While dignitaries descended on Jerusalem on Tuesday for the dedication of Yad Vashem’s new Holocaust History Museum, Moshe Kantor was already thinking ahead to a possible international forum on Babi Yar to be hosted by Ukrainian President Viktor Yushchenko.
It would be the first follow-up to the forum that Kantor organized at Krakow last month, attracting more than 20 world leaders and senior officials on the 60th anniversary of Auschwitz’s liberation, and a sign that his project – the World Holocaust Forum Foundation – had taken hold.
Polish President Aleksander Kwasniewski has already signed on as a “patron” of the foundation, a standing body that is to convene every few years to assess achievements in Holocaust remembrance and education, and Israel’s President Moshe Katsav is expected to formalize his participation as well. But the ultimate success of the foundation, according to Kantor, depends on several more leaders joining the effort.
“Without the support of presidents [worldwide], we cannot [continue to] make such events,” he said.
It should help that the foundation will operate in conjunction with Yad Vashem, which, Kantor said, would prepare all the pedagogical materials to be proposed for use in European schools. It is also officially a project of the European Jewish Congress.
But Kantor, who is the chairman of the EJC’s board of governors, is the one who provided the ideological and financial thrust that drives the foundation.
For the 51-year-old Kantor, the motivation is personal: The Russian agrochemicals tycoon is the son of a Red Army soldier who lost several family members in the Holocaust. He is worried that “without a systematic educational approach” rising anti-Semitism in Europe could again reach catastrophic proportions.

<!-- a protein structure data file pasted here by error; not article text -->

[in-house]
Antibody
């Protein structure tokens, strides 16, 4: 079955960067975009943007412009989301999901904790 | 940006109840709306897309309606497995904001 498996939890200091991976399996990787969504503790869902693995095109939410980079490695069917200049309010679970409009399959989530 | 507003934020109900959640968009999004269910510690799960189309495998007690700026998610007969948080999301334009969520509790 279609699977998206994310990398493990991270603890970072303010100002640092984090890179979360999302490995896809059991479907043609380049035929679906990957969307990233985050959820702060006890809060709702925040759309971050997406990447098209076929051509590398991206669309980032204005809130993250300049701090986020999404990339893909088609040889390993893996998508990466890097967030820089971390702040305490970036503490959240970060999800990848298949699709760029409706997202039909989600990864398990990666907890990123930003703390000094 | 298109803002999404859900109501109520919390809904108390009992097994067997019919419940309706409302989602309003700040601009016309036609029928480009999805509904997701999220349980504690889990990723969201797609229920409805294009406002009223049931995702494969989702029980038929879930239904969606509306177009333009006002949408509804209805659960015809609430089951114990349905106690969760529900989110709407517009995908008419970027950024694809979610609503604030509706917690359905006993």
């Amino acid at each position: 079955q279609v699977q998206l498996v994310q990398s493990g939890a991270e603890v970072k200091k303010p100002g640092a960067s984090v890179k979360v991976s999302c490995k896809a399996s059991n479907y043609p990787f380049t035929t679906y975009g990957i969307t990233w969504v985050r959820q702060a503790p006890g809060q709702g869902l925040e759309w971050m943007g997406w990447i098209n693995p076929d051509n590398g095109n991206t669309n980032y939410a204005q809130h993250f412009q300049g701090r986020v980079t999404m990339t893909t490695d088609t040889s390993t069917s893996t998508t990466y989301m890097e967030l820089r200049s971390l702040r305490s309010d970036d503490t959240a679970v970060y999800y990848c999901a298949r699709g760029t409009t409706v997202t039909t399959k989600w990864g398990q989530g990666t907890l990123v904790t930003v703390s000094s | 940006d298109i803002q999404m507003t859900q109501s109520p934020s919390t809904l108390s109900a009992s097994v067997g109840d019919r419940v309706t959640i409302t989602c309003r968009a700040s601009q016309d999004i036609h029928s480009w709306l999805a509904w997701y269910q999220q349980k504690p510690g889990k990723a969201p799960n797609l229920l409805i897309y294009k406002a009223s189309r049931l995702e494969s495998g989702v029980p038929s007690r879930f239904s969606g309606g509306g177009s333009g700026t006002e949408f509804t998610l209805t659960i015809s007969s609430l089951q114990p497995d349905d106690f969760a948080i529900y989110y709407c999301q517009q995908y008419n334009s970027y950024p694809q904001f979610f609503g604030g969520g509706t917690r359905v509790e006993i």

In an interview with The Jerusalem Post at his home in Herzliya Pituah this week, Kantor outlined his concern that young Europeans had failed to learn the lessons of the previous generation, as well as his vision for ways to remedy the situation.
“There is one problem in all the Diaspora communities: the shortage of historical memory,” Kantor said.
“History repeats itself, you know, first as a tragedy, then as a farce,” he added, quoting Karl Marx. The best recent proof of this, he continued, was the recent episode in which Britain’s Prince Harry recently wore a Nazi armband to a party – despite the profound effect of World War II on London in general and the royal family in particular.
“Most 20-year-old Europeans don’t want to know anything about the Holocaust, and they don’t know very much about it; the word Auschwitz elicits an absolutely neutral reaction,” said Kantor. “Maybe for them it is routine and not very exciting. But it’s our task to make it exciting.”
What counts as exciting? Kantor mentions Steven Spielberg’s movie Schindler’s List, which, he said, “accomplished more than all the Jewish congresses ever, combined.” “Heroes are made,” he explained, “not by history, but by cinema and literature.” So Kantor is working on a documentary film of the Krakow Holocaust forum. He has already established a museum of the works of Jewish Diaspora artists who have made the most substantial contribution to the development of avant-garde art. It is part of an approach to promoting Jewish interests that differs radically from most European Jewish activists.
Organized European Jewry has thus far been too reactionary and defensive, Kantor believes, and too devoted to quiet, behind-the-scenes politics.
“There is another possibility,” he said: “to establish a proactive program.” Europe’s Jews “should speak out loudly; they should be strong” and present a positive image of Jewry that stresses its positive contributions to society.
“You’ve heard of global positioning systems, which help you locate your geographical position in the world? Well, I ask, how can non-Jews identify our position in the world? I think we need a Jewish positioning system,” he said.
“Should we identify our position with this or that pogrom, or this or that attack against us? No, not always. We should be provocative, unpredictable, shoot from the hip” and talk about “our positive achievements in art, in medicine, in science – in all tiers of human activity – to say to everybody, ‘your national heroes are Jewish.’ And [we should add that] we don’t ask any compensation, except one: ‘Give us the right to live in the Diaspora, and in the state of Israel, with the usual respect that you pay to yourself.'”
The Jerusalem Post